Hog dog training

Before you proceed, the first step is to identify the kind of hog in your hunting area. This will help you get the right type of dogs. For example, if the wild boars in your area tend to hold their ground and fight, then you need stronger and more aggressive dogs. If the pigs are the kind that scatters far and wide, then you need fast dogs with top-level endurance. By knowing what you are up against, you will have more successful hunts.

Training bay dogs

What you want to develop are their scent identification and tracking skills. Michelle Mears of High on the Hog Kennel shares tips and advice that will help:

  • Begin early with 3 to 4 months old puppies.
  • Do the training in an area they feel safe in like your yard or their pen.
  • Get a small shoat, ideally smaller in size than your puppies. If that is not possible, then at least get one with the same size as them. This is important because you don’t want the puppies to lose confidence if they are suddenly forced to face a bigger pig.
  • Place the puppies in their pens and show them the small pig from outside. Tease and work them up but do not let them go after the pig. The point here is to get them used to the smell of a hog.
  • Do this for a few weeks and keep working your dogs up every time. You know you are doing a good job when the dogs will bark loudly and get excited at the sight of the pig.
  • Once the pups become aggressive or even go crazy at the sight of the hog, the next step is to take them in your truck or whatever vehicle you use for hunting and drive them into the woods. Once there, show them the pig once again. The purpose of this is to let your dogs associate the ride with finding a pig.
  • Once they are used to that, it is time to train their scent detection and tracking skills. Leash the shoat that you have then take it for a walk into the woods. Go around bushes and meander around. Then release your dogs and see which ones will try to find the pig right away. Reward those puppies with a treat once they do find their quarry. Work them up but again do not let them at the pig. Repeat this exercise until you are certain the pups know what you want from them. By the way, wear rubber boots when you take the piglet for a walk in the woods. You don’t want the dogs to follow your scent instead.
  • Now it’s time to take the bay dogs you are training out for an actual hunt. If you have older bay dogs, having them accompany the trainees will make your job easier because the pups will learn from the older ones.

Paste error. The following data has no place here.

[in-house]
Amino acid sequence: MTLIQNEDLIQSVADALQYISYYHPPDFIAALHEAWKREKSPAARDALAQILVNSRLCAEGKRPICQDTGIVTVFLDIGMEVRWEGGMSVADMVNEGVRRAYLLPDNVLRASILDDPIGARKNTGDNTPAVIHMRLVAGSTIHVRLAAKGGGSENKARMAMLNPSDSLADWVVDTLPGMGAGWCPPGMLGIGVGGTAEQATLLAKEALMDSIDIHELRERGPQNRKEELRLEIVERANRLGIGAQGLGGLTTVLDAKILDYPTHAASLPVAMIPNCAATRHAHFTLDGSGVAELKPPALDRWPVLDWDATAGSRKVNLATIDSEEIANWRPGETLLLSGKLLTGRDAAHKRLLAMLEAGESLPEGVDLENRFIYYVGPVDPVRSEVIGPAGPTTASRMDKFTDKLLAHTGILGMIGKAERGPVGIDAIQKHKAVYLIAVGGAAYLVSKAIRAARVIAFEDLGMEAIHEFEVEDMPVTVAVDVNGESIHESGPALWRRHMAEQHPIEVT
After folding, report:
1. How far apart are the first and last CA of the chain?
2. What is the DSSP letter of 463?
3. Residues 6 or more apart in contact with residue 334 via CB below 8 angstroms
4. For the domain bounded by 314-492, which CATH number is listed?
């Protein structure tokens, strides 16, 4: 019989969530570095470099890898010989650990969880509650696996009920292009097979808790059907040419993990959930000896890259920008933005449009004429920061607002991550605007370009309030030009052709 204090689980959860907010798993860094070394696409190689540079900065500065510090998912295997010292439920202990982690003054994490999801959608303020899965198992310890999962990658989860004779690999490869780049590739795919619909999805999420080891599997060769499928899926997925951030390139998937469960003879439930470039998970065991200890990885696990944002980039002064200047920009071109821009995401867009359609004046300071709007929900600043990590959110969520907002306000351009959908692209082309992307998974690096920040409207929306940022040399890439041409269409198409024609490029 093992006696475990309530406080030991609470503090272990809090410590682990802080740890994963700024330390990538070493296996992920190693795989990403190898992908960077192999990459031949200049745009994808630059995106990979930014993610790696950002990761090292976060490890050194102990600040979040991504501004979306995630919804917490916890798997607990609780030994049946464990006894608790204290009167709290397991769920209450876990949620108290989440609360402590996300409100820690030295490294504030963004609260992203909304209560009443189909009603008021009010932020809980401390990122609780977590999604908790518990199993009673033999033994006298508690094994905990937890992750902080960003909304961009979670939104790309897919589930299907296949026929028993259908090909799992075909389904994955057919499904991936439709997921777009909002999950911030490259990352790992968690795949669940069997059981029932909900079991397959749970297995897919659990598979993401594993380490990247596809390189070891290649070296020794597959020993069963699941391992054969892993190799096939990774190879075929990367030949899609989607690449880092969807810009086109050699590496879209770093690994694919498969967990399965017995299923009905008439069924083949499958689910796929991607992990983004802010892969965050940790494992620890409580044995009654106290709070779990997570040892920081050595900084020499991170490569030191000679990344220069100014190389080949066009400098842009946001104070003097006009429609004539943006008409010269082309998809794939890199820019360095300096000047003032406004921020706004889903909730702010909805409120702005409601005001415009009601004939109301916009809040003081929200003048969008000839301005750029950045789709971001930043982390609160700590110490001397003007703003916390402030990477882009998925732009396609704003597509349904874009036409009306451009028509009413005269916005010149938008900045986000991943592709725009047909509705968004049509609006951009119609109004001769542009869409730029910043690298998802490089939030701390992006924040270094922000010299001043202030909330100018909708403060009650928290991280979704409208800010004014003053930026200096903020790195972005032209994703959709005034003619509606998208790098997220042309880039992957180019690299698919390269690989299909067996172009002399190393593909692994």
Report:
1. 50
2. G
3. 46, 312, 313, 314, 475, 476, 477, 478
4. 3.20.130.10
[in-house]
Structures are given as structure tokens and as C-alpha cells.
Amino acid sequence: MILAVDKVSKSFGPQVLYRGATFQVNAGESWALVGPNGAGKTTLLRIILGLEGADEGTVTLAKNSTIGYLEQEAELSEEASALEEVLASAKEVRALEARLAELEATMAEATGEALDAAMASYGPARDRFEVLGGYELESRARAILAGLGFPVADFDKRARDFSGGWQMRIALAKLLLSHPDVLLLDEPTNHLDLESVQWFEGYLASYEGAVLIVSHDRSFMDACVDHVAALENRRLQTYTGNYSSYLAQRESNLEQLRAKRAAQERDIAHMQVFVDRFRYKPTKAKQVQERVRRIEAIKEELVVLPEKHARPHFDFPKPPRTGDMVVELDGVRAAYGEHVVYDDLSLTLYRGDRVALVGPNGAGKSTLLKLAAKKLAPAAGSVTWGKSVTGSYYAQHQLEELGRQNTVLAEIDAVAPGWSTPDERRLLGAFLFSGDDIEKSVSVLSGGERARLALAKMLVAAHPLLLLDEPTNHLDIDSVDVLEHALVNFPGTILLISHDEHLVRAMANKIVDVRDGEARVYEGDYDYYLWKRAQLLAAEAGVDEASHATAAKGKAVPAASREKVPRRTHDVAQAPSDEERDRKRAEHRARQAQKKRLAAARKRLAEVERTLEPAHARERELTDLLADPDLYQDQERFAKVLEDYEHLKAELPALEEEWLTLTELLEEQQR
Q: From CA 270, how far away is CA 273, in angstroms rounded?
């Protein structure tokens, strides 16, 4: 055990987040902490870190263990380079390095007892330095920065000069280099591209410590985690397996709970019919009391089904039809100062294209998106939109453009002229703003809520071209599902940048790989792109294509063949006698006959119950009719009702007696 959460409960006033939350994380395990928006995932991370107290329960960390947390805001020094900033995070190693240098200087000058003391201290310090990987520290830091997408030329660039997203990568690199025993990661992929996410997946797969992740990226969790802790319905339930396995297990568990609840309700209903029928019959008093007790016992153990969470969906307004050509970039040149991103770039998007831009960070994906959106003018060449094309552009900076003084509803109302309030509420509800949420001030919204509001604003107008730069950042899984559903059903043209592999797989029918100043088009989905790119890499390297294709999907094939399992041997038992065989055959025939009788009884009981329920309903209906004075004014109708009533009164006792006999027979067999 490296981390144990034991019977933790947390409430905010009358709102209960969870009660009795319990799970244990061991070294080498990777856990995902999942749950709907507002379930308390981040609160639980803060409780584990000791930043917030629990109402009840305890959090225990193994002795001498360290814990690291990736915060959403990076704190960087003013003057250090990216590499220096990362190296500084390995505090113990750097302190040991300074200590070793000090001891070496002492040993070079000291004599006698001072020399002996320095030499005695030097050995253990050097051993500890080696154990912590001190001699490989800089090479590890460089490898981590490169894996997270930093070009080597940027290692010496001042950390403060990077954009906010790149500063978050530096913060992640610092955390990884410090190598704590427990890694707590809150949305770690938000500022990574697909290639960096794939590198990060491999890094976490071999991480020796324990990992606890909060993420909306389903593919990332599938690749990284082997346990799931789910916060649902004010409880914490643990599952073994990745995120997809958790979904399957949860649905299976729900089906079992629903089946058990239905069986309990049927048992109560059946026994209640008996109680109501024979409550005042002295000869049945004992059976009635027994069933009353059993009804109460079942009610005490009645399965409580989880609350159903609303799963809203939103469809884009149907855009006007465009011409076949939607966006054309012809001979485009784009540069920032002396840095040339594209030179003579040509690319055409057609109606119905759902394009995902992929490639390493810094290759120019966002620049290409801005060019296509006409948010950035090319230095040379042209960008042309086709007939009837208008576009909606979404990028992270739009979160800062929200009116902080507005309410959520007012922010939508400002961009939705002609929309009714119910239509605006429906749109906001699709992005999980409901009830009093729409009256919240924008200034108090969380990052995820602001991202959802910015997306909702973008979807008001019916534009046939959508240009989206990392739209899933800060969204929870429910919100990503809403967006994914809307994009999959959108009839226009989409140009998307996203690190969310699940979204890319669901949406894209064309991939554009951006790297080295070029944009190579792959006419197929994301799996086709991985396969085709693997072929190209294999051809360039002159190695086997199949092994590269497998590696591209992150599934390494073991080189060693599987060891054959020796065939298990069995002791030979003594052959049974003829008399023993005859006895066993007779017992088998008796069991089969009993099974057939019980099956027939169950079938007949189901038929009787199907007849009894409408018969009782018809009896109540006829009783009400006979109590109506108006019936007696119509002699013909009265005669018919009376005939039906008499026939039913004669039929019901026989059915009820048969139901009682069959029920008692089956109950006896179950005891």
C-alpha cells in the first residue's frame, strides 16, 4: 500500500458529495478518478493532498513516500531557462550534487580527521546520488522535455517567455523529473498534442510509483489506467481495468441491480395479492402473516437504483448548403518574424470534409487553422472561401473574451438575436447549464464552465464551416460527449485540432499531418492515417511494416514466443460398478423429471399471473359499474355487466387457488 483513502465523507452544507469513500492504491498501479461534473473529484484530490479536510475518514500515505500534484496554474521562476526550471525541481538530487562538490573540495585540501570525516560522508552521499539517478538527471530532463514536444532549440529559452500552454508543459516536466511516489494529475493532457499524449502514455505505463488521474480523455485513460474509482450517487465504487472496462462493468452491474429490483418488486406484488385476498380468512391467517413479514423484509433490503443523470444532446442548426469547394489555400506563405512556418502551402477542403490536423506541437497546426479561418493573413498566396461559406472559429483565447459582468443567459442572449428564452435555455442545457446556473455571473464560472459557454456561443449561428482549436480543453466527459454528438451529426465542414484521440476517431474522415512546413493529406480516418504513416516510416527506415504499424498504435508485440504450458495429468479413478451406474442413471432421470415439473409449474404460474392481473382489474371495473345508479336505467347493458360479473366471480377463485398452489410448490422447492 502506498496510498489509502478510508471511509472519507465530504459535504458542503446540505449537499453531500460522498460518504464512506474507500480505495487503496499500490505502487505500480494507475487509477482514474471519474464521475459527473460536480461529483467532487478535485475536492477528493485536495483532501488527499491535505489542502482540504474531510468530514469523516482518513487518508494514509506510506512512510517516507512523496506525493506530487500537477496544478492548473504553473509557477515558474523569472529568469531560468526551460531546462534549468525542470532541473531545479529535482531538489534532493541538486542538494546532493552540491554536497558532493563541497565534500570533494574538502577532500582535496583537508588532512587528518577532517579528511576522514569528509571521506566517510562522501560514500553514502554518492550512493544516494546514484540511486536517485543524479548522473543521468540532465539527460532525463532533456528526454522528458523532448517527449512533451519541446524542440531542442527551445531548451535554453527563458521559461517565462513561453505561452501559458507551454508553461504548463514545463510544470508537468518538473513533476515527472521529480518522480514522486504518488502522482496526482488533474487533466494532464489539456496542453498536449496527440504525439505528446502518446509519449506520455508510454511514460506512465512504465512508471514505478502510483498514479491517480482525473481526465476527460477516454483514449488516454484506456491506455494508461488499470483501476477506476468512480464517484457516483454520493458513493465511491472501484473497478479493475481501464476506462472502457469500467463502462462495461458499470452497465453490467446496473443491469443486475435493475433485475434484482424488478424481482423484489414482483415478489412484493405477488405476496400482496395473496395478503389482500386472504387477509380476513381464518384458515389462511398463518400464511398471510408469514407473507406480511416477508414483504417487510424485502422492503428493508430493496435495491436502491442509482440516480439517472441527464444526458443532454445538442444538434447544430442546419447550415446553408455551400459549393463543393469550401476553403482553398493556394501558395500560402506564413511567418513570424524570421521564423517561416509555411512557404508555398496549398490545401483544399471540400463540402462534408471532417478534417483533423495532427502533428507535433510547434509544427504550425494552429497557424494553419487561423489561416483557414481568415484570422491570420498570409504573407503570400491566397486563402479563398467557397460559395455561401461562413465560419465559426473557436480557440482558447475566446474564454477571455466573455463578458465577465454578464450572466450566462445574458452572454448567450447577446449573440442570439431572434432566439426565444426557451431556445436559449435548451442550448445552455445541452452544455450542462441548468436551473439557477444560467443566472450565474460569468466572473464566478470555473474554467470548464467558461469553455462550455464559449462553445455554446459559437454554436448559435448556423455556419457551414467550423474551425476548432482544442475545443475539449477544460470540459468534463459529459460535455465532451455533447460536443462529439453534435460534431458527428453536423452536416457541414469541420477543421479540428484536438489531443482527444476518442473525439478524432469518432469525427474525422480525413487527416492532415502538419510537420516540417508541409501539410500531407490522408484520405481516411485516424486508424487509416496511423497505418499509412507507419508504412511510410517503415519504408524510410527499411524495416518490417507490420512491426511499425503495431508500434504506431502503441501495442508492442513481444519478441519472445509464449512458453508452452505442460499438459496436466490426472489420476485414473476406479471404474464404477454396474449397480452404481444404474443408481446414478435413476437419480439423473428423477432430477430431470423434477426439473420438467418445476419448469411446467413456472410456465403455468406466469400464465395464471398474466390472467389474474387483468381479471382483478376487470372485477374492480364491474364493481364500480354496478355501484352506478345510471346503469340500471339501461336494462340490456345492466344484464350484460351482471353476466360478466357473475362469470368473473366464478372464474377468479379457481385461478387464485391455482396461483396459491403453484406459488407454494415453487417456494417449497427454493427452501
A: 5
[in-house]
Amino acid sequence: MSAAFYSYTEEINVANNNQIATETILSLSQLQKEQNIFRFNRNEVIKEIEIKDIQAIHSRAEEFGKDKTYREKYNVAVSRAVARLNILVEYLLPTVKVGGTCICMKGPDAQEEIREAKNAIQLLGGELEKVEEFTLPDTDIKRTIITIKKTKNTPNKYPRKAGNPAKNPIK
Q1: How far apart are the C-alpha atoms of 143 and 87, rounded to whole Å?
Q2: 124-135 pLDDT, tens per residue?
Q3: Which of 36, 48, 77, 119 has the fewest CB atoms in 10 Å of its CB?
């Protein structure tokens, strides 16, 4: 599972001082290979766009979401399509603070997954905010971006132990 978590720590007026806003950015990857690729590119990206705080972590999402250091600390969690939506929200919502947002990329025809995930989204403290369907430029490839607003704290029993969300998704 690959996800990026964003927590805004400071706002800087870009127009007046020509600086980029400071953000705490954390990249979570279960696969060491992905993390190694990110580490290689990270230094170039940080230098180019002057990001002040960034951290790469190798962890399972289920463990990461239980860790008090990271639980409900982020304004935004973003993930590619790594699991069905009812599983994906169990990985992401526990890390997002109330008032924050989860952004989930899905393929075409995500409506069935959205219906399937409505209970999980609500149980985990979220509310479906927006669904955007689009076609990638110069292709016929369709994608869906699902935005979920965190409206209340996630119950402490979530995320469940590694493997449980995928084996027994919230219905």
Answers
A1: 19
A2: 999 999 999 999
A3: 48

Training catch dogs

Get the canines that are large in build, are aggressive and strong enough to hold down a wild boar.

  • You have to wait until the puppies are mature enough before you can train them as catch dogs. Experienced hunters out there wait ‘til dogs are at least one year old since that would be time enough for teeth to set and become strong.
  • Expose the dogs to a hog their size, tease them with it and work them up. However, do not let your canines at the pig yet. Continue the teasing for 2 to 3 weeks until such time that you see your dogs really want to go after the pig.
  • It is important to train your dogs to understand and follow your release command. This is so you don’t have to force the canines off the boar once you’re ready to dispatch the animal. Some hunters who don’t take this into account end up having a hard time breaking their canines off their catch. What you can do is to work up the puppies using a rope or something that they can bite on and then make them release the item once you say “release”, “get off”, “stop”, etc. Reward them with treats once they do what you command.
  • The next step now is to do a mock hunt. Get your experienced bay dogs to track down a wild pig and then release the catch dogs you’ve been training and hopefully most of them will want to find and catch the trapped pig themselves.
  • Once again, if you have experienced catch dogs, let them help train the new ones.

If all of these sound too complicated for you, no worries because there are courses and professionals out there that can provide assistance.

Catch dog training

There are many breeders and trainers specializing in hunting dogs and they can facilitate the training for you. Just make sure that you find a reliable trainer in your area, someone who has a proven track record of success and, of course, can accommodate your budget.

Best dogs for hunting wild hogs

With the right training, any large dog can become good hog hunters. However, there are certain dog breeds that have proven to be excellent at this activity over the years.

Pit Bulls – they have a reputation for being aggressive and that is why many homeowners refuse to adopt them as pets; they are deemed as high-risk animals, especially around children. With that said, they make great catch dogs. Their body structure and overall stability are perfect for chasing and holding down a caught hog. They also possess a very strong bite, which many hunters consider to be a highly effective locking bite. Overall, their immense jaws and strong build make them a very dependable catch dog.

American Bulldogs – They are used primarily as a working dog and are considered ‘classic catch dogs’. They have a long history of being reliable catchers of wild hogs in the south. Unlike pit bulls, they are good around children. They are very protective of their humans as well.